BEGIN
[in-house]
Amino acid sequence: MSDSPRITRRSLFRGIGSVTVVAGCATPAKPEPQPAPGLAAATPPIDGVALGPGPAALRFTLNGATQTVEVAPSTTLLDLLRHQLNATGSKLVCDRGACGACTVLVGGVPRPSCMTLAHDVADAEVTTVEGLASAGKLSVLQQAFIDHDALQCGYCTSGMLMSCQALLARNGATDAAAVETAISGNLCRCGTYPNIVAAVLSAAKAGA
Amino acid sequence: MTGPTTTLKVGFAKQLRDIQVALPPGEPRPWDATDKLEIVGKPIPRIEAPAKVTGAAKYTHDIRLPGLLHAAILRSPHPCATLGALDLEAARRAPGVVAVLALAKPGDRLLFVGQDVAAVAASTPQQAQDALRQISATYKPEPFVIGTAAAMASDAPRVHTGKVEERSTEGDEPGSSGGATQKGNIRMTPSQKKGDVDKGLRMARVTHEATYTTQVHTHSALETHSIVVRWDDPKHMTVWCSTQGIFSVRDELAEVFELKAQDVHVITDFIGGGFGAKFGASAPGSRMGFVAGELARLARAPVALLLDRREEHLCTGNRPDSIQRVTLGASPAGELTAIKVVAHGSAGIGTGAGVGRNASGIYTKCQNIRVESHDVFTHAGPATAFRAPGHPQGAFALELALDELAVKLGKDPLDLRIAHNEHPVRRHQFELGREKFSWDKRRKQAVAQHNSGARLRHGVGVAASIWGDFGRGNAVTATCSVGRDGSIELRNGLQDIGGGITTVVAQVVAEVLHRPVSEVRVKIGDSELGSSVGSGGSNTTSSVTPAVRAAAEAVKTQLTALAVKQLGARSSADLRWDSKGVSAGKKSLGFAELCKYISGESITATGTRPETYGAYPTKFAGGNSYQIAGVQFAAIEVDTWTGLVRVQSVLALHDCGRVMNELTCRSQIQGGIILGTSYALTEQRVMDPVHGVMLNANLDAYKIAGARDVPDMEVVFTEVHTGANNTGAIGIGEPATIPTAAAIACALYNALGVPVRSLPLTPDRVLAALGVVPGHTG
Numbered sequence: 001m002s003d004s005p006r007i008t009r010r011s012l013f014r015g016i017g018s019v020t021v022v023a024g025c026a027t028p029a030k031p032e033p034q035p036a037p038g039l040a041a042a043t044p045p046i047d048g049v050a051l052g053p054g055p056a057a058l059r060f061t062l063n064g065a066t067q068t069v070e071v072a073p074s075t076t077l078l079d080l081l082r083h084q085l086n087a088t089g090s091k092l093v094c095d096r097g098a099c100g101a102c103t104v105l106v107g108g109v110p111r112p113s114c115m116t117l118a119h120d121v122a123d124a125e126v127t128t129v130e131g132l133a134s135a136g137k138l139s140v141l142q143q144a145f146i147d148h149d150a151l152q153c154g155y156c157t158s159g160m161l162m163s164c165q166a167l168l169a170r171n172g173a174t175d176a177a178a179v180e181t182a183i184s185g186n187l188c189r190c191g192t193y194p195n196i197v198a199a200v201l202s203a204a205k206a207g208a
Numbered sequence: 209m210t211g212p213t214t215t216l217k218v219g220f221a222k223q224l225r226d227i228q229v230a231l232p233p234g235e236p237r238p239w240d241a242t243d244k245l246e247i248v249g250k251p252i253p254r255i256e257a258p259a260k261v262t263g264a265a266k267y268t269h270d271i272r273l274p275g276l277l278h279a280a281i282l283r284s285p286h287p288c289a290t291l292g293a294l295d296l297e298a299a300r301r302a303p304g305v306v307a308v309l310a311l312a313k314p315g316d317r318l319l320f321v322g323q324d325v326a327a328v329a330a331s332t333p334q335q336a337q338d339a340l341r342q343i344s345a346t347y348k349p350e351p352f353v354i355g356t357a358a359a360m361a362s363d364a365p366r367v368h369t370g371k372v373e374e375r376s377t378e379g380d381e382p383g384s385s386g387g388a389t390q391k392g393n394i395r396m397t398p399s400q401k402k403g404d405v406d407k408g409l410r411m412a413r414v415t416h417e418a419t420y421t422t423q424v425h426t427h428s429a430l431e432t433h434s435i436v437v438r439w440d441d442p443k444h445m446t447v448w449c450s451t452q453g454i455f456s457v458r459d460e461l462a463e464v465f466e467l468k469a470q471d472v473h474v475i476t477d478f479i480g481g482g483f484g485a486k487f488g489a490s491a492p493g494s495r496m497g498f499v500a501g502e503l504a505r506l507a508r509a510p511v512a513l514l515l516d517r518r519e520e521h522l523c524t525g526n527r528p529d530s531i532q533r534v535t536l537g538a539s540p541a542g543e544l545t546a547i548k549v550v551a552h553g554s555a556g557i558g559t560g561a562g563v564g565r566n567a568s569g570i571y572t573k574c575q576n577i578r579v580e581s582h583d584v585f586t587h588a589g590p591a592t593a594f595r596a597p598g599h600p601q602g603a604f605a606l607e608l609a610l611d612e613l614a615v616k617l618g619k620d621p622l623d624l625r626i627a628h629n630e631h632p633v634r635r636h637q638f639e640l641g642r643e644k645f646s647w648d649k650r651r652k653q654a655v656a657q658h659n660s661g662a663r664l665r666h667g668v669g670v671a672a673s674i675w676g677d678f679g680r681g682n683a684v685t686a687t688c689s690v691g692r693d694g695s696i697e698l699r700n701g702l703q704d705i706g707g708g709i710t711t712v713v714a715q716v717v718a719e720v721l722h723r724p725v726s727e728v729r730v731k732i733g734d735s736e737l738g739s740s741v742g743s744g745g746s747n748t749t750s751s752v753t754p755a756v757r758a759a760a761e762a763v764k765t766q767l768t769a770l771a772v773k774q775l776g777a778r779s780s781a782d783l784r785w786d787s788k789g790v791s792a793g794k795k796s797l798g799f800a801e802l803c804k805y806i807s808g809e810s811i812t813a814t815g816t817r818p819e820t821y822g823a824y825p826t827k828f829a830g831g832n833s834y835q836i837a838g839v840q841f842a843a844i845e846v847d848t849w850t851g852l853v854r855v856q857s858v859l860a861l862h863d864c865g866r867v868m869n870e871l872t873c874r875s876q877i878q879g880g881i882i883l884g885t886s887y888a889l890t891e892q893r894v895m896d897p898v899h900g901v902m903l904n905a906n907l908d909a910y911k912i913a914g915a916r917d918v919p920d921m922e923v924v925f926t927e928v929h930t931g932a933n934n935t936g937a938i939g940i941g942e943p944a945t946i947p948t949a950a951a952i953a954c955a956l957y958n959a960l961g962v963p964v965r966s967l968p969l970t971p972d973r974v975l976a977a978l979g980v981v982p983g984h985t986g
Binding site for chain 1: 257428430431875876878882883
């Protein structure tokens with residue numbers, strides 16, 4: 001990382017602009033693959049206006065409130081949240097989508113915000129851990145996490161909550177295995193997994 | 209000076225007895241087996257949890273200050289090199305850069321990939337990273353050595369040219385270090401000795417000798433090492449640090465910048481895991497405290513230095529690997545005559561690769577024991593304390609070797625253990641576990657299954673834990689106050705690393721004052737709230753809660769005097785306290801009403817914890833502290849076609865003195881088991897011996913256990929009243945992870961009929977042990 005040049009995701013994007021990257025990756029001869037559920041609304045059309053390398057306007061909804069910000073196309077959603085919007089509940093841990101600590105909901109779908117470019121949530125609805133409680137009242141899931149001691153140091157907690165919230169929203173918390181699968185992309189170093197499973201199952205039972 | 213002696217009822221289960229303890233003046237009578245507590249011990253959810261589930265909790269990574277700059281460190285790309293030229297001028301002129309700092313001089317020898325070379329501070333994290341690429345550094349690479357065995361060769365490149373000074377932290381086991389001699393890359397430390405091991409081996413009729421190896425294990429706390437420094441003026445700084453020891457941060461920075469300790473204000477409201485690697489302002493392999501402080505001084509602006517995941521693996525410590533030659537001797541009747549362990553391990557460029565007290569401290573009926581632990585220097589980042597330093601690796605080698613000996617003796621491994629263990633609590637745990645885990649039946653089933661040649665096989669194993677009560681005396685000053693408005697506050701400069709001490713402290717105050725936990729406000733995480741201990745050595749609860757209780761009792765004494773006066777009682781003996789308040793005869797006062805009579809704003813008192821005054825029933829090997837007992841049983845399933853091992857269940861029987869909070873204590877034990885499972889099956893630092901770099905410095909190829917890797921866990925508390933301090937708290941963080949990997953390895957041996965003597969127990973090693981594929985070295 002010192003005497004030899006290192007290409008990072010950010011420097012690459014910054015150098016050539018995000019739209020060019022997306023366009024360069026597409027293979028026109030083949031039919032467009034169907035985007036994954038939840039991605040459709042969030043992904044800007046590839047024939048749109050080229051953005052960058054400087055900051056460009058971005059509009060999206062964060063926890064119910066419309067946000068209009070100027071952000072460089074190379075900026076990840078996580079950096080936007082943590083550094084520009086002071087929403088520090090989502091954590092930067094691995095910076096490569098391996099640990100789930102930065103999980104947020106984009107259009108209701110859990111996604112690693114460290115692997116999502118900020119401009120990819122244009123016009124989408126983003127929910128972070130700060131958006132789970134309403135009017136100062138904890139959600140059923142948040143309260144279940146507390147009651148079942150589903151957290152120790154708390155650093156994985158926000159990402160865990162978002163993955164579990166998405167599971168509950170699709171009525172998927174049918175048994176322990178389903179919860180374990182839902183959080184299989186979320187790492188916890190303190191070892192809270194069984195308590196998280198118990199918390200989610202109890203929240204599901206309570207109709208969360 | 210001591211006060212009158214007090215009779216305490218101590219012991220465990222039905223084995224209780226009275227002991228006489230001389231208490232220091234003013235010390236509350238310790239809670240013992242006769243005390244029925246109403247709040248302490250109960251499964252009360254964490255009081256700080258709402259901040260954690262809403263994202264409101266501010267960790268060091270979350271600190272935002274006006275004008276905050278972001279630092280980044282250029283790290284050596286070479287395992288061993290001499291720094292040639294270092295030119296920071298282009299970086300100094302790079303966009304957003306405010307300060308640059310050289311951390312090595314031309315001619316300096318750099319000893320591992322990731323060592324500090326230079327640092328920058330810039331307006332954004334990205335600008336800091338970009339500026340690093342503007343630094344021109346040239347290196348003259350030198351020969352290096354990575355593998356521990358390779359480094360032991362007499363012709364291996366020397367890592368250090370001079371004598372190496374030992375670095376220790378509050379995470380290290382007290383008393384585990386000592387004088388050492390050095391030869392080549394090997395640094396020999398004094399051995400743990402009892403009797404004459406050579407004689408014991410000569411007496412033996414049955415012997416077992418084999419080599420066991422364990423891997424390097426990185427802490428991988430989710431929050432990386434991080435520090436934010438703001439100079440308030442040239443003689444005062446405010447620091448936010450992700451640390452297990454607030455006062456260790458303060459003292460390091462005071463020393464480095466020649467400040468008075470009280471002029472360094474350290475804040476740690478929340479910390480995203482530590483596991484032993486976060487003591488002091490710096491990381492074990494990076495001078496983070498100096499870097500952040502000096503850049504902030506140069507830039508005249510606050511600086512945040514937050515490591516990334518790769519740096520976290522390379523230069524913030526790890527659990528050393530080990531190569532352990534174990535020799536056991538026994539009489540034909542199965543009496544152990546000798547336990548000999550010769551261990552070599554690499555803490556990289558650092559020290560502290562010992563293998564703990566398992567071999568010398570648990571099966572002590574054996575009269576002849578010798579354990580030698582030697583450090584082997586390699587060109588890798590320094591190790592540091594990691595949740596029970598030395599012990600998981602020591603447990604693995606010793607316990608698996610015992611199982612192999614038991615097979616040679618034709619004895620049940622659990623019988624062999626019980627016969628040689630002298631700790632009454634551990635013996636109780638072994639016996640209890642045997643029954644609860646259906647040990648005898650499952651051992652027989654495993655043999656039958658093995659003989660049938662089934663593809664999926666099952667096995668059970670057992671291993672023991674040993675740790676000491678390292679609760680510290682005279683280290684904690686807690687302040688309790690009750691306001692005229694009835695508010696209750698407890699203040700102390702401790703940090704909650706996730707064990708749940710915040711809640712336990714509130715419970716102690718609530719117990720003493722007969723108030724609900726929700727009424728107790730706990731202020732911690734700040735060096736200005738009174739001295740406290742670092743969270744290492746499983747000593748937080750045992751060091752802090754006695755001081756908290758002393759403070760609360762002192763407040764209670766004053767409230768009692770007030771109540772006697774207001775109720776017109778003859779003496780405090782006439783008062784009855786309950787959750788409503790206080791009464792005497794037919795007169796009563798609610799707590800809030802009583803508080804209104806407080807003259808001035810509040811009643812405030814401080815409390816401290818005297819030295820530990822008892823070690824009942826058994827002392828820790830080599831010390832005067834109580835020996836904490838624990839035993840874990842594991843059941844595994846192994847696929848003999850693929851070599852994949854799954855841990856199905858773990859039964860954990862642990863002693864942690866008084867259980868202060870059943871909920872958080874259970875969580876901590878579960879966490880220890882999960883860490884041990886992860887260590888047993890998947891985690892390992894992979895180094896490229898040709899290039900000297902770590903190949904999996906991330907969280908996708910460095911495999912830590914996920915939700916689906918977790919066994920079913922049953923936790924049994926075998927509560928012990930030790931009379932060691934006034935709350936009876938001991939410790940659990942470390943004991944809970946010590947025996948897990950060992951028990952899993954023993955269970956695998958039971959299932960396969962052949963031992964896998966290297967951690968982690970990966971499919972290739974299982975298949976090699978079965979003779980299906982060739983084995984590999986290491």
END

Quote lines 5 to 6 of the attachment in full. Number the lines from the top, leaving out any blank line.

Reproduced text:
Numbered sequence: 209m210t211g212p213t214t215t216l217k218v219g220f221a222k223q224l225r226d227i228q229v230a231l232p233p234g235e236p237r238p239w240d241a242t243d244k245l246e247i248v249g250k251p252i253p254r255i256e257a258p259a260k261v262t263g264a265a266k267y268t269h270d271i272r273l274p275g276l277l278h279a280a281i282l283r284s285p286h287p288c289a290t291l292g293a294l295d296l297e298a299a300r301r302a303p304g305v306v307a308v309l310a311l312a313k314p315g316d317r318l319l320f321v322g323q324d325v326a327a328v329a330a331s332t333p334q335q336a337q338d339a340l341r342q343i344s345a346t347y348k349p350e351p352f353v354i355g356t357a358a359a360m361a362s363d364a365p366r367v368h369t370g371k372v373e374e375r376s377t378e379g380d381e382p383g384s385s386g387g388a389t390q391k392g393n394i395r396m397t398p399s400q401k402k403g404d405v406d407k408g409l410r411m412a413r414v415t416h417e418a419t420y421t422t423q424v425h426t427h428s429a430l431e432t433h434s435i436v437v438r439w440d441d442p443k444h445m446t447v448w449c450s451t452q453g454i455f456s457v458r459d460e461l462a463e464v465f466e467l468k469a470q471d472v473h474v475i476t477d478f479i480g481g482g483f484g485a486k487f488g489a490s491a492p493g494s495r496m497g498f499v500a501g502e503l504a505r506l507a508r509a510p511v512a513l514l515l516d517r518r519e520e521h522l523c524t525g526n527r528p529d530s531i532q533r534v535t536l537g538a539s540p541a542g543e544l545t546a547i548k549v550v551a552h553g554s555a556g557i558g559t560g561a562g563v564g565r566n567a568s569g570i571y572t573k574c575q576n577i578r579v580e581s582h583d584v585f586t587h588a589g590p591a592t593a594f595r596a597p598g599h600p601q602g603a604f605a606l607e608l609a610l611d612e613l614a615v616k617l618g619k620d621p622l623d624l625r626i627a628h629n630e631h632p633v634r635r636h637q638f639e640l641g642r643e644k645f646s647w648d649k650r651r652k653q654a655v656a657q658h659n660s661g662a663r664l665r666h667g668v669g670v671a672a673s674i675w676g677d678f679g680r681g682n683a684v685t686a687t688c689s690v691g692r693d694g695s696i697e698l699r700n701g702l703q704d705i706g707g708g709i710t711t712v713v714a715q716v717v718a719e720v721l722h723r724p725v726s727e728v729r730v731k732i733g734d735s736e737l738g739s740s741v742g743s744g745g746s747n748t749t750s751s752v753t754p755a756v757r758a759a760a761e762a763v764k765t766q767l768t769a770l771a772v773k774q775l776g777a778r779s780s781a782d783l784r785w786d787s788k789g790v791s792a793g794k795k796s797l798g799f800a801e802l803c804k805y806i807s808g809e810s811i812t813a814t815g816t817r818p819e820t821y822g823a824y825p826t827k828f829a830g831g832n833s834y835q836i837a838g839v840q841f842a843a844i845e846v847d848t849w850t851g852l853v854r855v856q857s858v859l860a861l862h863d864c865g866r867v868m869n870e871l872t873c874r875s876q877i878q879g880g881i882i883l884g885t886s887y888a889l890t891e892q893r894v895m896d897p898v899h900g901v902m903l904n905a906n907l908d909a910y911k912i913a914g915a916r917d918v919p920d921m922e923v924v925f926t927e928v929h930t931g932a933n934n935t936g937a938i939g940i941g942e943p944a945t946i947p948t949a950a951a952i953a954c955a956l957y958n959a960l961g962v963p964v965r966s967l968p969l970t971p972d973r974v975l976a977a978l979g980v981v982p983g984h985t986g
Binding site for chain 1: 257428430431875876878882883